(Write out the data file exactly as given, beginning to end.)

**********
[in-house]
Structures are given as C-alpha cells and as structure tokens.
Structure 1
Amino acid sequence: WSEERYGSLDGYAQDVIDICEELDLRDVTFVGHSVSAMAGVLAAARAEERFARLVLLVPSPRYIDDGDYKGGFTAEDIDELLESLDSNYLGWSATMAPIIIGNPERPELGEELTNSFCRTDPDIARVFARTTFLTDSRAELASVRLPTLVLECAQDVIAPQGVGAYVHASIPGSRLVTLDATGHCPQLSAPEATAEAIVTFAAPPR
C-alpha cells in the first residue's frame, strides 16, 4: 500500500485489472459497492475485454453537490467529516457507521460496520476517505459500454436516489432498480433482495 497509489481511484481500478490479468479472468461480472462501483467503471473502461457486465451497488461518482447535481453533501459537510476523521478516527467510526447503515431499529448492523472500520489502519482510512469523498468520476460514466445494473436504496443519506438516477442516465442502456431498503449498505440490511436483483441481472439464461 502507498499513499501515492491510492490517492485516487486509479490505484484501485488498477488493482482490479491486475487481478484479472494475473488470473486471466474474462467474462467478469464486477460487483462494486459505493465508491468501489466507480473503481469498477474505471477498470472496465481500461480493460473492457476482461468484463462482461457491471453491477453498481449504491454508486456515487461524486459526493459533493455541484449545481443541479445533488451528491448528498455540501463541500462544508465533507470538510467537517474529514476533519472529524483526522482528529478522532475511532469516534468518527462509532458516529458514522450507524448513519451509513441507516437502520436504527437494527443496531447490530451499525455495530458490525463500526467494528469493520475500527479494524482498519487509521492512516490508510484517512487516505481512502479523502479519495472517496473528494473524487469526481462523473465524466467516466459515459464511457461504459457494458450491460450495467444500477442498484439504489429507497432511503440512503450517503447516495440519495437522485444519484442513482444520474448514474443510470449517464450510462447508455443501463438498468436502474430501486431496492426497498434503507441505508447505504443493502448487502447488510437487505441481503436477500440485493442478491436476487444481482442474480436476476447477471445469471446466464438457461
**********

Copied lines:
[in-house]
Structures are given as C-alpha cells and as structure tokens.
Structure 1
Amino acid sequence: WSEERYGSLDGYAQDVIDICEELDLRDVTFVGHSVSAMAGVLAAARAEERFARLVLLVPSPRYIDDGDYKGGFTAEDIDELLESLDSNYLGWSATMAPIIIGNPERPELGEELTNSFCRTDPDIARVFARTTFLTDSRAELASVRLPTLVLECAQDVIAPQGVGAYVHASIPGSRLVTLDATGHCPQLSAPEATAEAIVTFAAPPR
C-alpha cells in the first residue's frame, strides 16, 4: 500500500485489472459497492475485454453537490467529516457507521460496520476517505459500454436516489432498480433482495 497509489481511484481500478490479468479472468461480472462501483467503471473502461457486465451497488461518482447535481453533501459537510476523521478516527467510526447503515431499529448492523472500520489502519482510512469523498468520476460514466445494473436504496443519506438516477442516465442502456431498503449498505440490511436483483441481472439464461 502507498499513499501515492491510492490517492485516487486509479490505484484501485488498477488493482482490479491486475487481478484479472494475473488470473486471466474474462467474462467478469464486477460487483462494486459505493465508491468501489466507480473503481469498477474505471477498470472496465481500461480493460473492457476482461468484463462482461457491471453491477453498481449504491454508486456515487461524486459526493459533493455541484449545481443541479445533488451528491448528498455540501463541500462544508465533507470538510467537517474529514476533519472529524483526522482528529478522532475511532469516534468518527462509532458516529458514522450507524448513519451509513441507516437502520436504527437494527443496531447490530451499525455495530458490525463500526467494528469493520475500527479494524482498519487509521492512516490508510484517512487516505481512502479523502479519495472517496473528494473524487469526481462523473465524466467516466459515459464511457461504459457494458450491460450495467444500477442498484439504489429507497432511503440512503450517503447516495440519495437522485444519484442513482444520474448514474443510470449517464450510462447508455443501463438498468436502474430501486431496492426497498434503507441505508447505504443493502448487502447488510437487505441481503436477500440485493442478491436476487444481482442474480436476476447477471445469471446466464438457461